A while back I picked up a random book that had caught my attention strictly due to the cover. Never underestimate the power of eye appeal. There it sat in the ineludible tbr pile, popping out, begging to be read. How can you ignore a book that seems to call out for you? Of course I had to get into it and see what it was all about, and I tell you, it totally surprised me with a style that was new and exciting for me.
Johannes Cabal: The Necromancer, published in 2009, is a dark, supernatural, fiction/comedy. The work of Jonathan L. Howard, a British author and game designer, whose script work on video games such as Broken Sword led him to his work on the Johannes Cabal series. Currently, at four novels, with a wide collection of short stories, the black comedy series has gained mixed reviews. A blend of styles from Macabre to steampunk, the first book reads like a collection of unique short stories with a string that binds each tale together for an overall plot.
Long before the story begins Johannes Cabal had sold his soul to Satan in order to gain his abilities as a necromancer. With his lifelong work on bringing the dead back to life, his lack of soul now stands in his way, and he needs it back. After a humorous and unexpected meeting with the Devil himself, a deal is struck. In exchange, Johannes has one year to collect contracts for the souls of one hundred living people. To assist the necromancer, Satan gives to him, a travelling carnival and a limited amount of his own dark power. Upon his return to the world of the living, Johannes enlists the help of the undead, and his brother, a brooding vampire with mixed feelings about his sibling. Through some humorous and grimy tales they slowly collect the souls they need, but obviously Satan has a few cards to play. As the year starts to run short, the stakes run high, and we find out just how far Johannes will go to get his soul back and why it is so valuable.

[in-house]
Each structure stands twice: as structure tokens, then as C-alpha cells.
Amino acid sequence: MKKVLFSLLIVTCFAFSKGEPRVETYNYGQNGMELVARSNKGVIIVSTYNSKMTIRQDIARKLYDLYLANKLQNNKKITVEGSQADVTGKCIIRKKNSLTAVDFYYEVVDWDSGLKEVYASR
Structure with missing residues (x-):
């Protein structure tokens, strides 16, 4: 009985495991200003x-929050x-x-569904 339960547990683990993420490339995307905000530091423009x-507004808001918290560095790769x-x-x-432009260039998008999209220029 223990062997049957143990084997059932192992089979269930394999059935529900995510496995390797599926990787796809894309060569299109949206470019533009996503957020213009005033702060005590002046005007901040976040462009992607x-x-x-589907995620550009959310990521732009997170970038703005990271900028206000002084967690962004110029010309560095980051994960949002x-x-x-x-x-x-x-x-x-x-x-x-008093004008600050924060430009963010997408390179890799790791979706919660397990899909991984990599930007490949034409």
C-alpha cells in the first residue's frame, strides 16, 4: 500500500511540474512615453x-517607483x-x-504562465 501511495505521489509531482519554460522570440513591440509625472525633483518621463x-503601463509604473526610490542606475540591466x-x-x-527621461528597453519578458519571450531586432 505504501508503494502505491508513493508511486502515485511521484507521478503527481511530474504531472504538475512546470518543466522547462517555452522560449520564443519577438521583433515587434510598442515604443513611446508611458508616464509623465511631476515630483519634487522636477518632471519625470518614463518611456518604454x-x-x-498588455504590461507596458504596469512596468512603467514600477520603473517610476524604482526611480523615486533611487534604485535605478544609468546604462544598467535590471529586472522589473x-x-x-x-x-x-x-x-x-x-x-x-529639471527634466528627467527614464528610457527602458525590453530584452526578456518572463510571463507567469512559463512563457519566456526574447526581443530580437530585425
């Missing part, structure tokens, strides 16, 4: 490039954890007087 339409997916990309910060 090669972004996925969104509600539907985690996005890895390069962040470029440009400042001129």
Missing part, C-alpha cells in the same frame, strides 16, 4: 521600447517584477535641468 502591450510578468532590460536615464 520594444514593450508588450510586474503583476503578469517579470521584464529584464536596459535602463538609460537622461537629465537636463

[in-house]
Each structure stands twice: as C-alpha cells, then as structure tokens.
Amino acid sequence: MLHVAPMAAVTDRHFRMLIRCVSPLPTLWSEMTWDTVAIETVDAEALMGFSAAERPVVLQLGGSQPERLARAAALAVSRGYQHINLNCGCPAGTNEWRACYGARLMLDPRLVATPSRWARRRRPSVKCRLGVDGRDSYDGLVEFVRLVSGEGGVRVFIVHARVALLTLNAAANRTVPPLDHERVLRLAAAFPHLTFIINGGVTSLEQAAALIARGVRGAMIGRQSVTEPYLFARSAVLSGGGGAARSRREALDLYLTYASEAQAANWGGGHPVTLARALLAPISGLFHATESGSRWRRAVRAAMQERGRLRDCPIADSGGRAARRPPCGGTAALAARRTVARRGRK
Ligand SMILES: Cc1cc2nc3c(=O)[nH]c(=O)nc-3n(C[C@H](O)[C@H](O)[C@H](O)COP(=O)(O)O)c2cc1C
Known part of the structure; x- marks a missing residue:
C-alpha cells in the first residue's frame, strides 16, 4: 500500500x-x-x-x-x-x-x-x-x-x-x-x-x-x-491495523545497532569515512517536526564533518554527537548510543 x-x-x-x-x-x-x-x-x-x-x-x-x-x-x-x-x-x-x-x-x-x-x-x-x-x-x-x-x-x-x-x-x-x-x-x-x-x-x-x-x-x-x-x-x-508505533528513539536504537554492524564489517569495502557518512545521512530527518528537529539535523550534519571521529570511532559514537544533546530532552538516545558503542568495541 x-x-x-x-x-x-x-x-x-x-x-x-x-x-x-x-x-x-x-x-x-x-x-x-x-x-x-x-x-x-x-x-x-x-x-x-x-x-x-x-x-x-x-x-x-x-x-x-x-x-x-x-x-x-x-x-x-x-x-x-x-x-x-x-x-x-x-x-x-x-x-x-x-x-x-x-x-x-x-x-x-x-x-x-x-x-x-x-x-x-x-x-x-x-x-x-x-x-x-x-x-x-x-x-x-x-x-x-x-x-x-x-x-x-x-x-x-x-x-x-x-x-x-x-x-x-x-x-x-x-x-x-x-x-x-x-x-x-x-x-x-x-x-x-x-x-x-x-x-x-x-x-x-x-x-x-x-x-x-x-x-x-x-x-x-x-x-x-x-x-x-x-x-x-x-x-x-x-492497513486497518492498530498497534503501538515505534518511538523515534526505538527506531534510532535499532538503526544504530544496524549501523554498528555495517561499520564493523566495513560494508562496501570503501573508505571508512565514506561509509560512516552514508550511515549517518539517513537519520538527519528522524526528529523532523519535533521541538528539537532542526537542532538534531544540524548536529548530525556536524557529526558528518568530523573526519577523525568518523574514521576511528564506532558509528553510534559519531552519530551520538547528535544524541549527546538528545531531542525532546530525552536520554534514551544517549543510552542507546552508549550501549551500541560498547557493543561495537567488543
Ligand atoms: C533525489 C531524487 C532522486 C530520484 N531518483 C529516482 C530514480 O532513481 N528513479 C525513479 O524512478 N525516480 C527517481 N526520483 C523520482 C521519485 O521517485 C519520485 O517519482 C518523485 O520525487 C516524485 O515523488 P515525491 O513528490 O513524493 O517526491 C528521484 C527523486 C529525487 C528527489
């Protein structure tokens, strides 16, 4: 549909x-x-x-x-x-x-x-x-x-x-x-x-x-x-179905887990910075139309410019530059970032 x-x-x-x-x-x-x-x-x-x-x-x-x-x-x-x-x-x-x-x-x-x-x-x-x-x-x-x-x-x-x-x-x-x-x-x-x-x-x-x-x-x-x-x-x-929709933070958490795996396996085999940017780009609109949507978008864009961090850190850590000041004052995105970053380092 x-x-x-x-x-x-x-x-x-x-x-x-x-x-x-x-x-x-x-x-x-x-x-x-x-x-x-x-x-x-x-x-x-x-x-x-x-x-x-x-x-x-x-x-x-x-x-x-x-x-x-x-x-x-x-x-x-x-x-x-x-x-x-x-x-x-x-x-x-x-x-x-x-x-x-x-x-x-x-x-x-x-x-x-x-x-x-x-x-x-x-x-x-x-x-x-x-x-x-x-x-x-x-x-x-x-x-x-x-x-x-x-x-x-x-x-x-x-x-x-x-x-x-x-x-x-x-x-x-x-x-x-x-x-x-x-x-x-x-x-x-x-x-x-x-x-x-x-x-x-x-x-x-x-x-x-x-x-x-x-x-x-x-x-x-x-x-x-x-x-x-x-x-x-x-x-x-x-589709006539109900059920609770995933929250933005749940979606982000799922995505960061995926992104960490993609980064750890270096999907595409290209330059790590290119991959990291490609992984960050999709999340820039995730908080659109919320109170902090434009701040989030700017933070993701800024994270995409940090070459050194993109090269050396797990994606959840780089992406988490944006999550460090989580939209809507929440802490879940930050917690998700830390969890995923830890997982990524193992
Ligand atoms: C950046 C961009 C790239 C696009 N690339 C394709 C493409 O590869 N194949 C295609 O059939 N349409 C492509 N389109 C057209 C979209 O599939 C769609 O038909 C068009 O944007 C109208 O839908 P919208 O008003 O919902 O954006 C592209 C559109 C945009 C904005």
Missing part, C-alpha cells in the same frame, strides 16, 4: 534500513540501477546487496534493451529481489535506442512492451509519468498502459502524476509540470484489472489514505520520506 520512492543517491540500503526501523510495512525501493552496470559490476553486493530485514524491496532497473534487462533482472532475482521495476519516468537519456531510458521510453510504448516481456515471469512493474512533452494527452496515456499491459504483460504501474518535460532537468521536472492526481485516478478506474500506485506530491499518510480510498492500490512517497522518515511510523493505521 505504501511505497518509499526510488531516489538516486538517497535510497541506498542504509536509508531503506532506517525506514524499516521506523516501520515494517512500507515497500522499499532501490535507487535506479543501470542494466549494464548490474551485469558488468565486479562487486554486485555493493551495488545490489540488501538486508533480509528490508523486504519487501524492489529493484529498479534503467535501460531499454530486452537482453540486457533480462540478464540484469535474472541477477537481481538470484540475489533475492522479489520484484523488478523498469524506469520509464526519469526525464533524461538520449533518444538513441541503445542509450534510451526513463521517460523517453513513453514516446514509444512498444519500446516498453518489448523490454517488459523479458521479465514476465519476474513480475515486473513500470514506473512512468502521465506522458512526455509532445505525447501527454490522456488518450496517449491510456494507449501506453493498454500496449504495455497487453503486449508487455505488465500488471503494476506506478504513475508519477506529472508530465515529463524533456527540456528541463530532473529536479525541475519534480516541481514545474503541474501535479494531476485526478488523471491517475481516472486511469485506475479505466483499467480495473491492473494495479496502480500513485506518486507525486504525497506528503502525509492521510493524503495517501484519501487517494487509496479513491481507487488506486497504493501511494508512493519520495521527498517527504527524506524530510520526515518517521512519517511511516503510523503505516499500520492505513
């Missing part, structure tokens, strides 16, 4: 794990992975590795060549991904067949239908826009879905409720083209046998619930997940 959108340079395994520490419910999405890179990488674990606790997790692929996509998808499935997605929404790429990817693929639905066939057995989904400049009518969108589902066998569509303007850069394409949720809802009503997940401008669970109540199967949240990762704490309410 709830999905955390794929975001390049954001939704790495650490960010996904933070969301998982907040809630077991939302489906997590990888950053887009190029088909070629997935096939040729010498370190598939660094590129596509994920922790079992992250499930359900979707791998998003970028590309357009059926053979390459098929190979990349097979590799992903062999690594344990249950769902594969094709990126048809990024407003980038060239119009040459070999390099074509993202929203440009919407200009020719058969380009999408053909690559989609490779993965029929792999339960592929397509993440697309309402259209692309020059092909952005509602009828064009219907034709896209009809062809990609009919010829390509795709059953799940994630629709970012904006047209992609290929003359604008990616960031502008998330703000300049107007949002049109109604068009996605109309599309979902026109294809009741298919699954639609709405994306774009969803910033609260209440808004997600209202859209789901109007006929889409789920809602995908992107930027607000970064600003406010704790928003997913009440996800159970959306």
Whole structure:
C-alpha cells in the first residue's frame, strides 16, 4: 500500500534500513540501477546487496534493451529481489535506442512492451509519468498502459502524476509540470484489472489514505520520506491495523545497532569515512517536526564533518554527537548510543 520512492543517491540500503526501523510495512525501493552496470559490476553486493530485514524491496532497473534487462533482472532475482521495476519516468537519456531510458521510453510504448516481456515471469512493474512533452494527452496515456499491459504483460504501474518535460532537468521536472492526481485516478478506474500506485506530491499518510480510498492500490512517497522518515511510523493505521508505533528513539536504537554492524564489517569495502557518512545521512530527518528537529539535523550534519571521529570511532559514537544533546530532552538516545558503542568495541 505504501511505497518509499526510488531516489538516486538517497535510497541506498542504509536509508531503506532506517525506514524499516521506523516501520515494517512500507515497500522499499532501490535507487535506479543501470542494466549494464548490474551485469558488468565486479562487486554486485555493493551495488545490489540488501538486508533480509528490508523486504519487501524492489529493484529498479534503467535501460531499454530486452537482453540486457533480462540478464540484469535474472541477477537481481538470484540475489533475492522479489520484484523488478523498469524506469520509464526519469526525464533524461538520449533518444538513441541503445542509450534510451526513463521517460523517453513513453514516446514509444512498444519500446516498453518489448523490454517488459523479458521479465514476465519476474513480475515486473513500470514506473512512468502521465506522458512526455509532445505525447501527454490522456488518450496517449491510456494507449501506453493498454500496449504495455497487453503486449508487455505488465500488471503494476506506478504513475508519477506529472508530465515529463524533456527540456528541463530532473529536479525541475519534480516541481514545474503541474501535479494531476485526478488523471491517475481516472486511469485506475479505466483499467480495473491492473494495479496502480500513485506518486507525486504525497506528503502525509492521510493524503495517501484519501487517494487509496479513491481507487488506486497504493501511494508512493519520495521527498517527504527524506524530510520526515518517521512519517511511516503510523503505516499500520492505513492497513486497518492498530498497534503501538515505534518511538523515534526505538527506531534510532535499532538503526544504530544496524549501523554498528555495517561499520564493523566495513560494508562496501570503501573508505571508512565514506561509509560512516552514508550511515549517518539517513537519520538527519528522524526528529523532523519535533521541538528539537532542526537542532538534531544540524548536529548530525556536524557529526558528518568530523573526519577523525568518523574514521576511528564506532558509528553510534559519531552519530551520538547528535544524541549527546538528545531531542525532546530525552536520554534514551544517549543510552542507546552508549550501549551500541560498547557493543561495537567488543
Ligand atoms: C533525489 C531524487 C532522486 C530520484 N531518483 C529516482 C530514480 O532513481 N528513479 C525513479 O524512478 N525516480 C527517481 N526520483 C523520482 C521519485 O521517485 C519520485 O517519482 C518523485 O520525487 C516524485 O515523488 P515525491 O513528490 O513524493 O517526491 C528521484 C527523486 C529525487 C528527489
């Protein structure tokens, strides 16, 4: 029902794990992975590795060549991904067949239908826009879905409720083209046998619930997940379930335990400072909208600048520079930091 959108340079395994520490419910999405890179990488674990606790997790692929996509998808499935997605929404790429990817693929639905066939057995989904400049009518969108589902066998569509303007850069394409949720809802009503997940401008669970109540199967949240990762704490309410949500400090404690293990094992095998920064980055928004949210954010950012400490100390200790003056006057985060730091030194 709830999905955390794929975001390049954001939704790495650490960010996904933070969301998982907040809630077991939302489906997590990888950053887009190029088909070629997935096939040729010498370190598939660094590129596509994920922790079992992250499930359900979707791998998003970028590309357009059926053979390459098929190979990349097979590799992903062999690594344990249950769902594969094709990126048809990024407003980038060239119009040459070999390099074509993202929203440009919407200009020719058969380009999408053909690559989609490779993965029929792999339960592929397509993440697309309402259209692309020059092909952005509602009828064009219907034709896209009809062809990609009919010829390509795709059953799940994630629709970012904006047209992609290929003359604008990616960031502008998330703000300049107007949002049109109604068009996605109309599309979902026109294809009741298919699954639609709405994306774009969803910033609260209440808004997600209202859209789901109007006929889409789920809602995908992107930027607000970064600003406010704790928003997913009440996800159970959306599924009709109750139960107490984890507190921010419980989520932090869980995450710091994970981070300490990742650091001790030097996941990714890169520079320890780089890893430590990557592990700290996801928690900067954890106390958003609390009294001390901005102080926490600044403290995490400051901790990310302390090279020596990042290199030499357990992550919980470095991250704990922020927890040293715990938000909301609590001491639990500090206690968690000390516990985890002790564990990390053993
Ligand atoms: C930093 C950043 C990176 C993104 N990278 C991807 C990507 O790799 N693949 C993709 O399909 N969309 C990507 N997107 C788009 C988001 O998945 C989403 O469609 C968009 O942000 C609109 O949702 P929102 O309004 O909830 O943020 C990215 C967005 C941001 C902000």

The greatest part about reading this book is the many unique ways in which people are tricked to sign their soul away. With many short tales filling the chapters of minor plots and new characters, the novel is packed of entertaining, hilarious content. The grim, supernatural themes are handled lightheartedly, as Johannes carnival travels across the country with new scenarios and situations at every new small town. Facing ghosts, competitive carnivals, a rival necromancer and a staff that is literally falling apart, the highly competent main character surprises every step of the way.
Johannes Cabal is an amazing character, never flinching in the face of death and adversity. His shocking motive for this desperate deal adds to the depth of a character that could have ended up being very one dimensional. As clever and powerful as he comes across, Johannes is not without his flaws, and they come to the forefront when facing off with his brother. Horst Cabal is one of the books greatest pieces. The cynical, lady killer vampire, is not entirely what you would expect, but at the same time he is what the story, and Johannes need. Filling out the carnival staff with the undead has unexpected results, with characters ranging from dim witted zombies to a sentient fortune telling machine.
The original approach to such a dark genre makes this book a fun train ride all the way through. The ending slowed down, but only to produce a build up to a fantastic climax. A funny, macabre feel that separates this book from other supernatural stories is why I give this novel a 4/5. If you are looking for a book to shake up your typical reading genres and themes, than I would highly recommend giving Johannes Cabal a run. A series I cannot wait to continue and a novel that would be worth a reread. I learned something very valuable from this one, sometimes you should judge a book by its cover.
Thanks booknerds, be sure to read any contract before signing your life away.